These trends are staying consistent with the numbers seen in 2017. Asian countries such as China and India showed the highest uptick in wealth gains, holding their #2 and #3 spots on the list, while European countries such as France and Italy actually saw a decrease.
Trends in the Wealth Landscape
Over the last 10 years, China has experienced the largest increase in wealth at 130%. This growth also means that China now boasts more high-net-worth individuals (HNWIs) than any other country except the United States.
While India doubled its total private wealth over the 10-year period, wealth per adult remains at just 22% of the global average.
The U.S. continues to lead in wealth numbers, holding 30% ($60.7 trillion) of the world’s total private wealth. Unsurprisingly, the U.S. remains home to the most millionaires in the world.
The World’s Millionaires: Top 3 Countries
- United States: 17,350,000
- China: 3,480,000
- Japan: 2,809,000
- World total: 42,155,000
Source: Credit Suisse
Australia now tops the above list in terms of highest wealth per adult, and it is second in the world only to Switzerland in the context of major nations.
Despite the recent turmoil and uncertainty stemming from Brexit, the United Kingdom still saw overall growth in the past decade, moving from #5 to #4 rank on the list of countries with the highest private wealth.
Projections from New World Wealth estimate that total global wealth will reach $291 trillion by 2028, driven by strong growth in Asia.
Rising Wealth Inequality
Unfortunately, this growth is also linked to the growing problem of wealth inequality gap across the globe, and the gap seems to get bigger every year.
The average global wealth per adult is approximately $27,000 – but of the total adult population, 64% have a net worth of less than $10,000. The bottom half of adults in the world now own less than 1% of all household wealth.
By contrast, 85% of all household wealth is owned by the richest 10%, and the top 1% own almost half (47%) of the world’s household wealth.
Animation: How Billionaires are Preparing for the Next Bear Market
No one likes to lose money, even if you have billions to spare. See how the world’s most elite investors – like Ray Dalio – are protecting themselves.
How Billionaires are Preparing for the Next Bear Market
No one likes to lose money, even if you have billions to spare.
It’s why the prospect of a bear market – a prolonged downturn which sees stock prices fall by at least 20% over two months or more – is something that keeps even the world’s most elite investors awake at night.
To hedge against this concern, the world’s billionaires use a variety of strategies and tactics to protect their wealth, including setting up their portfolios with specific asset allocations that can help soften any blow caused by an extended market downturn.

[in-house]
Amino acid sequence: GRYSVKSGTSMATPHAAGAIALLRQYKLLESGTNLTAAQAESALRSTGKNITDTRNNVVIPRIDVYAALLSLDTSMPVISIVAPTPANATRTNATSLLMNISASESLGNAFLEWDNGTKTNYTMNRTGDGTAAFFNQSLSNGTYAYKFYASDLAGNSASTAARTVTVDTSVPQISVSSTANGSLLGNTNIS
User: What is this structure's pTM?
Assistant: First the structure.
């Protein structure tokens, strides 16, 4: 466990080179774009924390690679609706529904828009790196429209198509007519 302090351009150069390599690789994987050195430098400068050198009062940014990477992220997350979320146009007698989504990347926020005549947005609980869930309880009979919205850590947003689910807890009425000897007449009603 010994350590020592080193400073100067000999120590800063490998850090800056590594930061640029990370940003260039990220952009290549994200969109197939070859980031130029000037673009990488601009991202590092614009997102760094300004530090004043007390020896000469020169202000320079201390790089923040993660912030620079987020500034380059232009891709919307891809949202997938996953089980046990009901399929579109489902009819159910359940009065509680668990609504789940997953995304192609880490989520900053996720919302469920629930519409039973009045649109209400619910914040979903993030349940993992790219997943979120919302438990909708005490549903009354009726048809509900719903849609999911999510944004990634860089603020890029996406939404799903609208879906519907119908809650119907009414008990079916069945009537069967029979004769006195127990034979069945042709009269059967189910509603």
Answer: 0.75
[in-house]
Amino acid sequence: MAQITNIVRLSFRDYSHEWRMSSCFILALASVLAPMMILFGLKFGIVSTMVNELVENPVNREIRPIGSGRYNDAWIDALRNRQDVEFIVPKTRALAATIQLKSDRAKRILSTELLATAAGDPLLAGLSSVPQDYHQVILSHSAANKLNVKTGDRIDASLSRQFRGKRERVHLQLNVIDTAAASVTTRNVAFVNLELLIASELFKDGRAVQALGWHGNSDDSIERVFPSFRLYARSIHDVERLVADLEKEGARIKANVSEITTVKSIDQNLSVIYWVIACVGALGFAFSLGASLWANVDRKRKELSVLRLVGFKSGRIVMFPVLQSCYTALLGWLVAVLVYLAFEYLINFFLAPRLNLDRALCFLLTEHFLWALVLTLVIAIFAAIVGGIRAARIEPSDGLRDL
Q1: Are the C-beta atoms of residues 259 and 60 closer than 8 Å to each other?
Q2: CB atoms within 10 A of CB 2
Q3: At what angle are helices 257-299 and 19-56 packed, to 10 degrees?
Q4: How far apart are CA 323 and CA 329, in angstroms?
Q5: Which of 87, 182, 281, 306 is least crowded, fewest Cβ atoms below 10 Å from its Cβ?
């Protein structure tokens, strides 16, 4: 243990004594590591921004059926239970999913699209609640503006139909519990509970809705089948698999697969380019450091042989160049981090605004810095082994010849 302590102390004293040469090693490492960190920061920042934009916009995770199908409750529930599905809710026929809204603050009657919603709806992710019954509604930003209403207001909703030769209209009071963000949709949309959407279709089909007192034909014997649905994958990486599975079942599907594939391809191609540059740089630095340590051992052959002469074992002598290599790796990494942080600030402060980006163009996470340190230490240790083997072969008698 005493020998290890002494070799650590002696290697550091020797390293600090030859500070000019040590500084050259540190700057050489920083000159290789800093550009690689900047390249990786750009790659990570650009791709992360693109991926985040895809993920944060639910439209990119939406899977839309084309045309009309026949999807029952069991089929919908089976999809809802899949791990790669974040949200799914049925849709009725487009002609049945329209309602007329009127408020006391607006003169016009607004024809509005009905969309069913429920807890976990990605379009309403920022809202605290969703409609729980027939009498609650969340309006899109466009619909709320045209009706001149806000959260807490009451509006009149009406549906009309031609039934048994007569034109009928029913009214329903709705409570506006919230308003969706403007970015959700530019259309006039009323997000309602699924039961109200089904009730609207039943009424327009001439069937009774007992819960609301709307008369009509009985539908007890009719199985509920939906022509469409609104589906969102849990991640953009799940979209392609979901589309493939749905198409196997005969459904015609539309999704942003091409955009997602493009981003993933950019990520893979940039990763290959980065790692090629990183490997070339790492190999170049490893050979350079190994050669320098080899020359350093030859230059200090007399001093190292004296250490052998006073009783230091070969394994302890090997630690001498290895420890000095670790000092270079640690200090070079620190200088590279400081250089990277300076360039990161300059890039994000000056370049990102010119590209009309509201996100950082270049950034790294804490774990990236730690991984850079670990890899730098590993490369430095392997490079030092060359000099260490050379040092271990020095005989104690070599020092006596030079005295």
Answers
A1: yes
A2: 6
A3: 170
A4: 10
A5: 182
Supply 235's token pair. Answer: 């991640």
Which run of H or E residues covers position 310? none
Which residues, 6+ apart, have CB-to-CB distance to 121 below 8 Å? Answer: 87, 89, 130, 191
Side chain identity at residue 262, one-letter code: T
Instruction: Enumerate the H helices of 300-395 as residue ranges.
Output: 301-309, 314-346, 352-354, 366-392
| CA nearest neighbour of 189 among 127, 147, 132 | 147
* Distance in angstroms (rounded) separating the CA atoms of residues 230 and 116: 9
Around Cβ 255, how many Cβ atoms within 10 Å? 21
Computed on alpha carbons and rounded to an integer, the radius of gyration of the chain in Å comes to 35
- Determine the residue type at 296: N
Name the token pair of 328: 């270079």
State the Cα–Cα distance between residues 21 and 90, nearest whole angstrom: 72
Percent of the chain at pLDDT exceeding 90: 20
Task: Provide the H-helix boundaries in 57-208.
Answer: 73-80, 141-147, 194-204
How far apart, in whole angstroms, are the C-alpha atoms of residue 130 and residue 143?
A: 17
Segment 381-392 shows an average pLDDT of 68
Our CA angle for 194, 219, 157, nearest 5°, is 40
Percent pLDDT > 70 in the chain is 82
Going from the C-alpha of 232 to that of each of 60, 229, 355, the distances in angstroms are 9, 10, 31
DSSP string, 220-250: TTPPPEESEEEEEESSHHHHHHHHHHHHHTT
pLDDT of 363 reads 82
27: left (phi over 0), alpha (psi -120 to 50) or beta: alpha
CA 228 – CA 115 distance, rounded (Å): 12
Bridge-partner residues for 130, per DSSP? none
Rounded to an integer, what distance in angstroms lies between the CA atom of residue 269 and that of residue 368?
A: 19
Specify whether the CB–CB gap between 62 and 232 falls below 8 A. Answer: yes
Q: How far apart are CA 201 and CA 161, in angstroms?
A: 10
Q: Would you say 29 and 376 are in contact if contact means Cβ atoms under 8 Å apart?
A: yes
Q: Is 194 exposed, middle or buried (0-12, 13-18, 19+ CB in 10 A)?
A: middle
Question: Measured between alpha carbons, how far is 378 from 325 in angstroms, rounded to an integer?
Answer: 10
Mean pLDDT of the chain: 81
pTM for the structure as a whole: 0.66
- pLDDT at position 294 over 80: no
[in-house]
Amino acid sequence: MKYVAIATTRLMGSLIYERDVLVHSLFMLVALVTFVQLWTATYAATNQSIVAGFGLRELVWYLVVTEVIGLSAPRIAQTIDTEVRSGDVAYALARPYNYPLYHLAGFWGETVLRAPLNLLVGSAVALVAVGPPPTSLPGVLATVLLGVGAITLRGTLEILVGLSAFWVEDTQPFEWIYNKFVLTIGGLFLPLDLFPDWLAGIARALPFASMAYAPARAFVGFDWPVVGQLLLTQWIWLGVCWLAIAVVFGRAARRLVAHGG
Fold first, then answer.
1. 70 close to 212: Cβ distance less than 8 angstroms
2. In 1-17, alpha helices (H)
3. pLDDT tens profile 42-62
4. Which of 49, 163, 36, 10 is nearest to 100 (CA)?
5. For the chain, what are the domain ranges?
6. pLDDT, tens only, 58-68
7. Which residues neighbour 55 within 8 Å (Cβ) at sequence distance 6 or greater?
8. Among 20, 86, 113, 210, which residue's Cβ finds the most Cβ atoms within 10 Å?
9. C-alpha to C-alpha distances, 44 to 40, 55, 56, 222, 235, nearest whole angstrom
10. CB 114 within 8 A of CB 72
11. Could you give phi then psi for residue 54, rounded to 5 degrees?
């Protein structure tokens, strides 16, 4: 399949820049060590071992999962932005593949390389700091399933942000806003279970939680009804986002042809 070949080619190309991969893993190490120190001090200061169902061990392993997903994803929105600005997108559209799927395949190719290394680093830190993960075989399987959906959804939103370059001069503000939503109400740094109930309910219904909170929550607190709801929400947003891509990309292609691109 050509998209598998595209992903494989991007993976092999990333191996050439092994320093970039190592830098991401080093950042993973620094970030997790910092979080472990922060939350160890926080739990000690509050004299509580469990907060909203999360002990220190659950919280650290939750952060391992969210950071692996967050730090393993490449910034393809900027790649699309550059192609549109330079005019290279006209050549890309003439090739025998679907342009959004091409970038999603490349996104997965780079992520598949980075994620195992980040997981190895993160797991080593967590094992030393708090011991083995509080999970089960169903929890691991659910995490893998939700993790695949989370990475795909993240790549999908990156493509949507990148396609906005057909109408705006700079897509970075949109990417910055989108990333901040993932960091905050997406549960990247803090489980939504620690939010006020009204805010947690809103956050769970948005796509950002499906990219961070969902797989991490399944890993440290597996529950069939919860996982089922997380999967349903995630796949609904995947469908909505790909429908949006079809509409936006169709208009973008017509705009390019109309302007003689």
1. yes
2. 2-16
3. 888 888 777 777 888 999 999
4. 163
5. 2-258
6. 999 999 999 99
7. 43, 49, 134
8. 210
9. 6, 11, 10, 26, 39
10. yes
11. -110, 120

Today’s animation comes to us from Sprott Physical Bullion Trusts and it highlights a strategy being used by billionaires ranging from Ray Dalio to John Tudor Jones II.
Because market sentiment can change so quickly in the market, these elite investors protect themselves by having diverse portfolios that include uncorrelated assets.
While this sounds complicated, uncorrelated assets are simply investments that don’t move up or down in the same direction as the other asset classes in the portfolio. A small allocation to these uncorrelated items can help protect the value of a portfolio when market sentiment changes.
The King of Uncorrelated Assets
What kind of asset classes can be used for this kind of purpose?
While options like real estate, commodities, and cash can contribute to a more diversified portfolio beyond traditional stocks and bonds, many experts say that gold is the undisputed king of uncorrelated assets.
The price of gold doesn’t usually doesn’t move with the wider stock market – and often, because of its history, the yellow metal can even increase in price during the course of a bear market.
Here are some of the reasons billionaires turn towards an allocation in gold:
- Gold has acted as a store of value for thousands of years
- Gold can lower the volatility of a portfolio
- Gold can act as a hedge against inflation in some scenarios
- Gold is a traditional safe haven asset that investors flock to when the market goes astray
To kick off 2019, a new billionaire jumped onto the gold bandwagon – along with previous advocates such as Ray Dalio, David Einhorn, John Paulson, and John Tudor Jones II.
The newest entry to the club is Sam Zell, the pioneer behind real estate investment trusts (REITs). He bought gold for the first time in January, citing that it is “a good hedge” and that “supply is shrinking” as new mine discoveries dries up.
With market volatility back in the fray, it’ll be interesting to see how many more of the world’s elite investors also jump on the bandwagon.